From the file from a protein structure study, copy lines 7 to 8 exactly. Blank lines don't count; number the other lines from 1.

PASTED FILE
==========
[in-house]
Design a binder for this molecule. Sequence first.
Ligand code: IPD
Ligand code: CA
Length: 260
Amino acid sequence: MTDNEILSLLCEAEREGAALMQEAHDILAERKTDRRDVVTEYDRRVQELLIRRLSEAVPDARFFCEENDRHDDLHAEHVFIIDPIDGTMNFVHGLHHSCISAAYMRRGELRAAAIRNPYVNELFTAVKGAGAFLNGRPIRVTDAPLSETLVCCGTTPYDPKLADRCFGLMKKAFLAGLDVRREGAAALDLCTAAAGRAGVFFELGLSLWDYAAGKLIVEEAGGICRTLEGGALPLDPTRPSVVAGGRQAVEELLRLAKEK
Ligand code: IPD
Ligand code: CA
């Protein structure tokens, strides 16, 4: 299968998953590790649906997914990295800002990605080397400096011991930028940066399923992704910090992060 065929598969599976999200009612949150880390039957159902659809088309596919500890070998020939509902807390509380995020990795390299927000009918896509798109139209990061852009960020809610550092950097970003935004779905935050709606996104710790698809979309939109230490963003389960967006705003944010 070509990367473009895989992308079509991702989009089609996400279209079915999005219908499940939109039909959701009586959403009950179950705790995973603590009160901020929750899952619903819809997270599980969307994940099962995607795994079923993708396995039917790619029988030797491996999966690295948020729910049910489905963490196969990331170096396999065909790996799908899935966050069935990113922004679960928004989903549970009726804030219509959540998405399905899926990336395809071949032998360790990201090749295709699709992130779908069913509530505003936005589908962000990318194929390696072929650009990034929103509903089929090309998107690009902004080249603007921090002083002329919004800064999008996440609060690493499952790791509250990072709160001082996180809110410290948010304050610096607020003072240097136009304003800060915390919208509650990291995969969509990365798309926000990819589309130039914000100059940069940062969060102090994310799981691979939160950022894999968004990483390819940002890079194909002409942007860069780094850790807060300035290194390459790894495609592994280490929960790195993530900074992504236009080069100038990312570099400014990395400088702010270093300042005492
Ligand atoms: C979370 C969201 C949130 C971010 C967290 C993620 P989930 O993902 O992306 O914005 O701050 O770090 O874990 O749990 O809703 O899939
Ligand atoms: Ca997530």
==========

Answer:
Ligand code: IPD
Ligand code: CA